The final workshop for this year was something a little different to my usual travel/ street or photoshop and lighting sessions: an introduction to basic wildlife photography techniques. Five curious photographers (including one who flew in from Hong Kong) discovered that wildlife photography is actually quite serious physical labor, and that rain isn’t the most pleasant environment to shoot in – but it does yield rather pictorially interesting results.
We covered basic long lens techniques, tripod and monopod use; stalking birds and getting close; dealing with troublesome lighting and high contrast situations; animal portraiture; getting the right AF settings, and finally touching on species behaviour and what constitutes an interesting animal photograph. I even shot with a compact at one point to prove that you really can get close with the right technique – no more than 100mm. The session was split into two half days – between rain, exhaustion and other commitments it seemed like a smart thing to do – and in-between, images were reviewed and critiqued for feedback and general compositional good-practice reminders, which apply to all subjects.
Ultimately though, wildlife photography is polarizing: you either like it, or you don’t. There are plenty of things about it that most certainly aren’t fun – hauling heavy equipment around and being eaten by mosquitoes, for instance, or being ‘blessed’ by the birds from above – I think we all got bombed at one point or another – even physically handling the lenses requires some practice. However, the biggest challenge is inevitably patience: in the real world, you might well spend days, or weeks, on location and not see the particular species you’re looking for; the making of ‘Planet Earth’ is highly recommended for a taste into the world of the wildlife photographer/ cinematographer.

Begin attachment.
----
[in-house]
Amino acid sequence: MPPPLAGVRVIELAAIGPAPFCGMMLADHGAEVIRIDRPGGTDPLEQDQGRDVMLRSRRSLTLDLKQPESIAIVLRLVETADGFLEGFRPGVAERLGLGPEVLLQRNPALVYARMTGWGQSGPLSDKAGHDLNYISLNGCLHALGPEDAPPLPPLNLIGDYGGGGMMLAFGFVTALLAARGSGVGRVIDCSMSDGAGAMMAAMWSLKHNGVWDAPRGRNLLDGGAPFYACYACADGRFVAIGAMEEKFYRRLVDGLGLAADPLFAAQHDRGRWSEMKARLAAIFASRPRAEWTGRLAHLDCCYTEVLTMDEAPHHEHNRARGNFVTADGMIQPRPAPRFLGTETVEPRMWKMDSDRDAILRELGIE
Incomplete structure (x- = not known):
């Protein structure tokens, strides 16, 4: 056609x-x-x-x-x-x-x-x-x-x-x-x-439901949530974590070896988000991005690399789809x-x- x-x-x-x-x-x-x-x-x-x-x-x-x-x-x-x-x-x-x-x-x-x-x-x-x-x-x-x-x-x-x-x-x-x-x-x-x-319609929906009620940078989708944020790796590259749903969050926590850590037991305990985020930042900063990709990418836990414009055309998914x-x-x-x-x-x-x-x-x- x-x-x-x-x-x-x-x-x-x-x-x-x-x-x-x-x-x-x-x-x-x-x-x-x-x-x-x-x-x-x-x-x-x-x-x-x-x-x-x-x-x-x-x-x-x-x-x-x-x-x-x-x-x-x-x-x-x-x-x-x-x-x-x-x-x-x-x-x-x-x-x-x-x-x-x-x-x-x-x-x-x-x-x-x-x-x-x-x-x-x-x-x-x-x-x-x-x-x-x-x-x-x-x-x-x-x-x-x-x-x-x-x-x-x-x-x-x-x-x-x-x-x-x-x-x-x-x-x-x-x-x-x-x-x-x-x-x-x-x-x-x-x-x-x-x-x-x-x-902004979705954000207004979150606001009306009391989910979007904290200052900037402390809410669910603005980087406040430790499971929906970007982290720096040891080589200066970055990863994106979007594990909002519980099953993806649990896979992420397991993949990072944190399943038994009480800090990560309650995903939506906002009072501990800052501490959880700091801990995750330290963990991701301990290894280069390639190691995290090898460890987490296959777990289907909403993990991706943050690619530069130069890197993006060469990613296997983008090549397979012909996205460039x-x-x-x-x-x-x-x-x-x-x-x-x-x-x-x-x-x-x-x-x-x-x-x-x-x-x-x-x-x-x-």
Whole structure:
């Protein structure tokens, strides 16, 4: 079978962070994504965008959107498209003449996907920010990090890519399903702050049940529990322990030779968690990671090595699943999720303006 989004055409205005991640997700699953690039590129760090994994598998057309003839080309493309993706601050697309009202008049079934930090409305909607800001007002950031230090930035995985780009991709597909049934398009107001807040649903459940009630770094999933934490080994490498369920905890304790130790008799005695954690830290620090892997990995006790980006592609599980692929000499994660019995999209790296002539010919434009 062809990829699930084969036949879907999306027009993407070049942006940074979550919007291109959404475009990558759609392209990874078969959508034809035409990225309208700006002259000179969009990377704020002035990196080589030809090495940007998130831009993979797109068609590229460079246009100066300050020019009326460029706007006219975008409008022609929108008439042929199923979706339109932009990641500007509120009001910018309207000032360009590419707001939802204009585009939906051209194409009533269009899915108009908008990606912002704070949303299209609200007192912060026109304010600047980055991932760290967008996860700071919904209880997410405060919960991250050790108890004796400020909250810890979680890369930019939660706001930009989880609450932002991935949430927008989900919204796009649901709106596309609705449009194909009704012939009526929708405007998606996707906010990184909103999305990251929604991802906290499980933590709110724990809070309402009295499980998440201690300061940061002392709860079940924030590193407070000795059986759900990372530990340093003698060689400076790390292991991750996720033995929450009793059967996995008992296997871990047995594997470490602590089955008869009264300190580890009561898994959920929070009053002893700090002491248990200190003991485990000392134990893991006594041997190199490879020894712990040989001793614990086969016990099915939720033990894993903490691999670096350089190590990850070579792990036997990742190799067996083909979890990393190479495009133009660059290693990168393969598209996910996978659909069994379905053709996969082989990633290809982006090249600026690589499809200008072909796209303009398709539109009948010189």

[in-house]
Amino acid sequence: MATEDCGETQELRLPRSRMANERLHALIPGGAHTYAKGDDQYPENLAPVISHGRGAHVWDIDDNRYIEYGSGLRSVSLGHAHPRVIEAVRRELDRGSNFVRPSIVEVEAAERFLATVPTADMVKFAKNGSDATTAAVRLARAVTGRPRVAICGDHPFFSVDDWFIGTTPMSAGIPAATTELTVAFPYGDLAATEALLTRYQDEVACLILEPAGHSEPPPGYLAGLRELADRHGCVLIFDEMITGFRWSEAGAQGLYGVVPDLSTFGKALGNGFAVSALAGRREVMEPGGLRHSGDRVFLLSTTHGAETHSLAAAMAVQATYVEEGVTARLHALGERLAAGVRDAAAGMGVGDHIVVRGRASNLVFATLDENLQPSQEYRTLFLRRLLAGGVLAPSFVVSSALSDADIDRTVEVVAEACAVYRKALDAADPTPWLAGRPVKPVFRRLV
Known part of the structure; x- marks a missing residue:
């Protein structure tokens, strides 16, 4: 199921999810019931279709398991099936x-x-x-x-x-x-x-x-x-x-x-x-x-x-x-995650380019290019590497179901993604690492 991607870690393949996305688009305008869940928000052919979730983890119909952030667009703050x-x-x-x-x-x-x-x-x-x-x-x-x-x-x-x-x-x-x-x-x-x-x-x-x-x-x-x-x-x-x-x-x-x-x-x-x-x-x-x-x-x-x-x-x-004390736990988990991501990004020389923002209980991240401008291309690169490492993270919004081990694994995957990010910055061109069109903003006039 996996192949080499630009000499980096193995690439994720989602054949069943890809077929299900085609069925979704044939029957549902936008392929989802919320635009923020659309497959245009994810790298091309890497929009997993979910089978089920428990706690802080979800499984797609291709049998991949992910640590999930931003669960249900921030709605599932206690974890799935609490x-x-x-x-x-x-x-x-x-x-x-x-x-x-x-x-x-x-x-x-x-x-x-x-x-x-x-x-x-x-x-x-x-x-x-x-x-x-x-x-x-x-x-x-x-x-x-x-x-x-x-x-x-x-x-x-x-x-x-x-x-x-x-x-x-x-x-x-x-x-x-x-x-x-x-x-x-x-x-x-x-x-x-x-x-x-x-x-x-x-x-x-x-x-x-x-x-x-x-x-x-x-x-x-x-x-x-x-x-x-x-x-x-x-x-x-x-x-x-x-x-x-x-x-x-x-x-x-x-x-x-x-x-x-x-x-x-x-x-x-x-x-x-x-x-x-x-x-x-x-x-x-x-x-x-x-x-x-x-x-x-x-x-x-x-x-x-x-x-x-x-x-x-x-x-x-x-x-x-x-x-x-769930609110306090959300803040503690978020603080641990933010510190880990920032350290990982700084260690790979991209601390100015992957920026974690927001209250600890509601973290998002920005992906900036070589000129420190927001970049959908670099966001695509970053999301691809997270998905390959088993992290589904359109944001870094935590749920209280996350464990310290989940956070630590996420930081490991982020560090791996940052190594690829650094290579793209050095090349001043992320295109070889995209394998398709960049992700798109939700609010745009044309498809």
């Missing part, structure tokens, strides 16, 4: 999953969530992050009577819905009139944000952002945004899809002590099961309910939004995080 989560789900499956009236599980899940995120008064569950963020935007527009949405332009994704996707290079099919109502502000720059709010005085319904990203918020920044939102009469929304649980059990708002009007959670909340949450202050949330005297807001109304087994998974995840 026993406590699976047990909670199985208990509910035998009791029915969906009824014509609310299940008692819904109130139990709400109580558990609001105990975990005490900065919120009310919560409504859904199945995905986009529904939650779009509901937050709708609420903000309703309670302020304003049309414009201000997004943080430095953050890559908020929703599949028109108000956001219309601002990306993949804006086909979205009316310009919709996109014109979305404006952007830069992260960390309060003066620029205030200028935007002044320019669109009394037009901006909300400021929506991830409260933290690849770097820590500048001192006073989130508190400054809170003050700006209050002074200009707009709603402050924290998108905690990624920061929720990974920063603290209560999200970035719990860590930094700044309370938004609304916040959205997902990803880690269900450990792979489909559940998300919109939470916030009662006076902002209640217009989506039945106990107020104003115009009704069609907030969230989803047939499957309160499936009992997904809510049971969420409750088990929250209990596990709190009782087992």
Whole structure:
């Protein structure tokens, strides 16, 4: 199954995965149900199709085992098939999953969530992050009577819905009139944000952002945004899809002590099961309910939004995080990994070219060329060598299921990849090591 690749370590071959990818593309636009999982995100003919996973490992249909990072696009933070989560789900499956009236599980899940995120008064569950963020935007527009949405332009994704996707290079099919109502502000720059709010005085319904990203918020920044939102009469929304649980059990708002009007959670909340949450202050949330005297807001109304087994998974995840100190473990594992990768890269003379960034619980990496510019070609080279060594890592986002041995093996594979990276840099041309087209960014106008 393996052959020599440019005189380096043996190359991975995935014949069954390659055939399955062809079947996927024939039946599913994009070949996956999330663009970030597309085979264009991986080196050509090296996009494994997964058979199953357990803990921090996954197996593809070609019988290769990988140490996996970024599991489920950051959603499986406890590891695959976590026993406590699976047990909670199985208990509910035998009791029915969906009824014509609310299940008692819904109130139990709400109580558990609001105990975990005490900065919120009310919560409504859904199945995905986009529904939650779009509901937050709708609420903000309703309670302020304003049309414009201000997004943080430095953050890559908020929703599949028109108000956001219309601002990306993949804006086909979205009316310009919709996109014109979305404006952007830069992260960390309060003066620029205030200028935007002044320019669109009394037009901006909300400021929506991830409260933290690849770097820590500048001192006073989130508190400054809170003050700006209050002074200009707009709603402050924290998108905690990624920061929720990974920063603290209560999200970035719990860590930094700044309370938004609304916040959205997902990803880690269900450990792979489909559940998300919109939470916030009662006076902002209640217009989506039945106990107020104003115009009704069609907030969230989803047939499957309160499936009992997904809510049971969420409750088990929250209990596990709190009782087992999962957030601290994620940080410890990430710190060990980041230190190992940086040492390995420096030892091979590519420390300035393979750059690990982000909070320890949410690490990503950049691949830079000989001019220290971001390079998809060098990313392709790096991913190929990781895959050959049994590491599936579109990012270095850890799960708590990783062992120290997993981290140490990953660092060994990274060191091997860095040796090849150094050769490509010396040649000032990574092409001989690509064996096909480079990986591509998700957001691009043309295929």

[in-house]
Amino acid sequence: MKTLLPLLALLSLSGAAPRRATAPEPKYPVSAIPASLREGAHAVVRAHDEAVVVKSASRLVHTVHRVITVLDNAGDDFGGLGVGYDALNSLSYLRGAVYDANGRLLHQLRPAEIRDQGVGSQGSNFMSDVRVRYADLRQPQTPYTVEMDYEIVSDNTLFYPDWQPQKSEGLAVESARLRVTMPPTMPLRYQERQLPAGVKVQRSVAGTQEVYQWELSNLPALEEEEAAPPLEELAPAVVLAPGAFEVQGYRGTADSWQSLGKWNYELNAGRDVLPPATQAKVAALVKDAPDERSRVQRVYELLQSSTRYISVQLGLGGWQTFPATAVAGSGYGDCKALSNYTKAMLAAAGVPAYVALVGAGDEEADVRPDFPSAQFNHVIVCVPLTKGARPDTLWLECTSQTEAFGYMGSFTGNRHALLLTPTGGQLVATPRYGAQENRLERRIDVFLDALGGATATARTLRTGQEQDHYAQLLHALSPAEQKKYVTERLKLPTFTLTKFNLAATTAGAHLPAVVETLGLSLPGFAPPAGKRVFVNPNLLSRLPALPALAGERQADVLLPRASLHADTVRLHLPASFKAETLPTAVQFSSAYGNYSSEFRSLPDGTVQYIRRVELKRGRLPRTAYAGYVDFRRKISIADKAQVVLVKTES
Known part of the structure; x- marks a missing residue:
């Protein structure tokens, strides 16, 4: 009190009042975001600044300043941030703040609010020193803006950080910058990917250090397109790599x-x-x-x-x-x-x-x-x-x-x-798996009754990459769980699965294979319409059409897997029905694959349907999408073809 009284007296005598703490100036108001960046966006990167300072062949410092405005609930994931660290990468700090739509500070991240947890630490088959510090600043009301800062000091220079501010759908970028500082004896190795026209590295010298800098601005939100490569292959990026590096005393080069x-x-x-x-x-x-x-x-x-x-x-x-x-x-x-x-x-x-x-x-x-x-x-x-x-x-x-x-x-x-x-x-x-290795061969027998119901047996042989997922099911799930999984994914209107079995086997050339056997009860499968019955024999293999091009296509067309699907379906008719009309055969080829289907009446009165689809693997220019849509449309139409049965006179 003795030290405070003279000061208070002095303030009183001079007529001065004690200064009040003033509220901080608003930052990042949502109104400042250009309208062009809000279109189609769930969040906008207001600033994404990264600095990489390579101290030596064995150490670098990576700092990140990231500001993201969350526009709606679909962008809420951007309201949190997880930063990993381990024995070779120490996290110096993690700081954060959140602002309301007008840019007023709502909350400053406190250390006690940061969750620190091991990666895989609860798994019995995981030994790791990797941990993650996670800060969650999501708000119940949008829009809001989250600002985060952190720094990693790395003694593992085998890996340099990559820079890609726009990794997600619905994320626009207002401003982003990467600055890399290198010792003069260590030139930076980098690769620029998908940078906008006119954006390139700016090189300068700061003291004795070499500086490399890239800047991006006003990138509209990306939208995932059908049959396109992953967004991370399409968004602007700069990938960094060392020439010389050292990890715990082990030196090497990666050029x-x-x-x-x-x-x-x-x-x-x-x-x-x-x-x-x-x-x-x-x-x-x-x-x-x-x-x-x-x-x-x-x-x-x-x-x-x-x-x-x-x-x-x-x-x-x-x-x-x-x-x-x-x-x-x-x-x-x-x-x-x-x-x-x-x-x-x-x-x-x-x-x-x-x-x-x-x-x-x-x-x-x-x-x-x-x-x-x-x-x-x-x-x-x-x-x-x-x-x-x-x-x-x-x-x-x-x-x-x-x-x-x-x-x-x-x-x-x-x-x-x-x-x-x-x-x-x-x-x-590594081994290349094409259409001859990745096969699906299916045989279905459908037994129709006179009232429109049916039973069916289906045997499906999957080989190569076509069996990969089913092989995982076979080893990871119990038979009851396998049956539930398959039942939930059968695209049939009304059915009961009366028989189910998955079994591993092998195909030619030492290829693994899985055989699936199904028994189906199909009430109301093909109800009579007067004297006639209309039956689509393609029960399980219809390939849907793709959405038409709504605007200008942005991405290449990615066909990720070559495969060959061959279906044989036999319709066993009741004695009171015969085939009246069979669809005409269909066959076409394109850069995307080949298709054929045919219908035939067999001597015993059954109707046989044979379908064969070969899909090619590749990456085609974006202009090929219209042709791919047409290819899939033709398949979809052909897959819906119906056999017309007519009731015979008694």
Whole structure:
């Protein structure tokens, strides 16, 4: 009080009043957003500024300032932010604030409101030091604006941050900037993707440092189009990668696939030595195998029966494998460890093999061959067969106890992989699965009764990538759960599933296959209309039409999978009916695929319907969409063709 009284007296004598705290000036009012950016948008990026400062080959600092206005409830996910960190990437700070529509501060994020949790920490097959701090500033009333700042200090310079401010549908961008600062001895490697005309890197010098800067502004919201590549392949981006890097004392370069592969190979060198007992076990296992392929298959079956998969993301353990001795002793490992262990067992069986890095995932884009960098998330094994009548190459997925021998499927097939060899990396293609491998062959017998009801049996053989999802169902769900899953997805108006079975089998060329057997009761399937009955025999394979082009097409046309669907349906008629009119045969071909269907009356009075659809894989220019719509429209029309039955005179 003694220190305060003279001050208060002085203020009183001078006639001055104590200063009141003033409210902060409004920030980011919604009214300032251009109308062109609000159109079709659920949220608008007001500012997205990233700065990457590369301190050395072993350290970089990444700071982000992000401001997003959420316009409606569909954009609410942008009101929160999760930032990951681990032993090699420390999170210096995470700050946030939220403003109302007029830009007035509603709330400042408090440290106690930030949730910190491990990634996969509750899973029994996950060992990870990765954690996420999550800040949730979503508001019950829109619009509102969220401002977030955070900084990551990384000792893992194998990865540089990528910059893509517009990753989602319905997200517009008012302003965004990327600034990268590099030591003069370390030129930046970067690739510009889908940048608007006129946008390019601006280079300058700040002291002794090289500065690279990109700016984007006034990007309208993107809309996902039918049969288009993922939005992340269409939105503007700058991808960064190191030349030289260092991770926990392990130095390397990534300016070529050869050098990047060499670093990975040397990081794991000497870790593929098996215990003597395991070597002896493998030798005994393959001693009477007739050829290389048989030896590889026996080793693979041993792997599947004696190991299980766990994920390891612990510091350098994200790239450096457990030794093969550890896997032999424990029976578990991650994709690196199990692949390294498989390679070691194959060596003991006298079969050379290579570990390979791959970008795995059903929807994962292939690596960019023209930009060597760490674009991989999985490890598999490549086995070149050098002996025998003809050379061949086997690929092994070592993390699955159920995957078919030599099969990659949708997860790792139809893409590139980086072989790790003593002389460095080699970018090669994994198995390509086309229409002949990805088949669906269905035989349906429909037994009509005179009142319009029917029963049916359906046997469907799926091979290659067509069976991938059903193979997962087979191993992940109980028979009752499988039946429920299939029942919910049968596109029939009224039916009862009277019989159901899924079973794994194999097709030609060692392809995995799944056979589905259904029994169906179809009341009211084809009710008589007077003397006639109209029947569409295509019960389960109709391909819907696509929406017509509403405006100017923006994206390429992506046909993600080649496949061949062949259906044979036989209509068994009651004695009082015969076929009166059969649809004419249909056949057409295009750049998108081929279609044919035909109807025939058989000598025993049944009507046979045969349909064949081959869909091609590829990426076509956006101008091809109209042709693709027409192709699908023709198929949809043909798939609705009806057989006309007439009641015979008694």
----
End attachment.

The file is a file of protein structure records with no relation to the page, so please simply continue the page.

We shot at a ‘safe’ location where the birds are captive in a large open-air aviary and relatively tame; they’ll still fly away if you get too close or move suddenly, but at least they’re still in the general area; it’s understandably completely useless to try and teach in a situation where there is no subject material! That said, if you’ve ever been curious, taking a trip to the local zoo or bird park with a decently long lens – say rent a 400 or 500mm – will tell you very quickly if wildlife photography is something you want to pursue farther or not.
For the curious, I was using an Olympus OM-D with a Nikon 500/4 P generously loaned to me by one of my students on the first day (1000/4 equivalent, and an old familiar lens of mine – I used to do most of my wildlife work with one) and the Panasonic 100-300/4-5.6 on the second day (200-600 equivalent). I have to be honest and say that whilst having that much reach was great, it could often be too much; manual focusing is a lot easier than you’d expect on such a combination because the depth of field transition is quite fast. The second day was liberating from a weight standpoint; I was not envying David with his 1Dx and 600/4! That said, in a fast moving environment with say charging buffalo, I’m pretty sure I’d want the latter combination. MT
By popular demand, I will be doing a US tour over late March/ early April, stopping at San Francisco (two sessions), New York and probably Boston. Please send me an email if you’d like more details – things are still in the planning stages, which means plans can be kept a bit fluid. Thanks!
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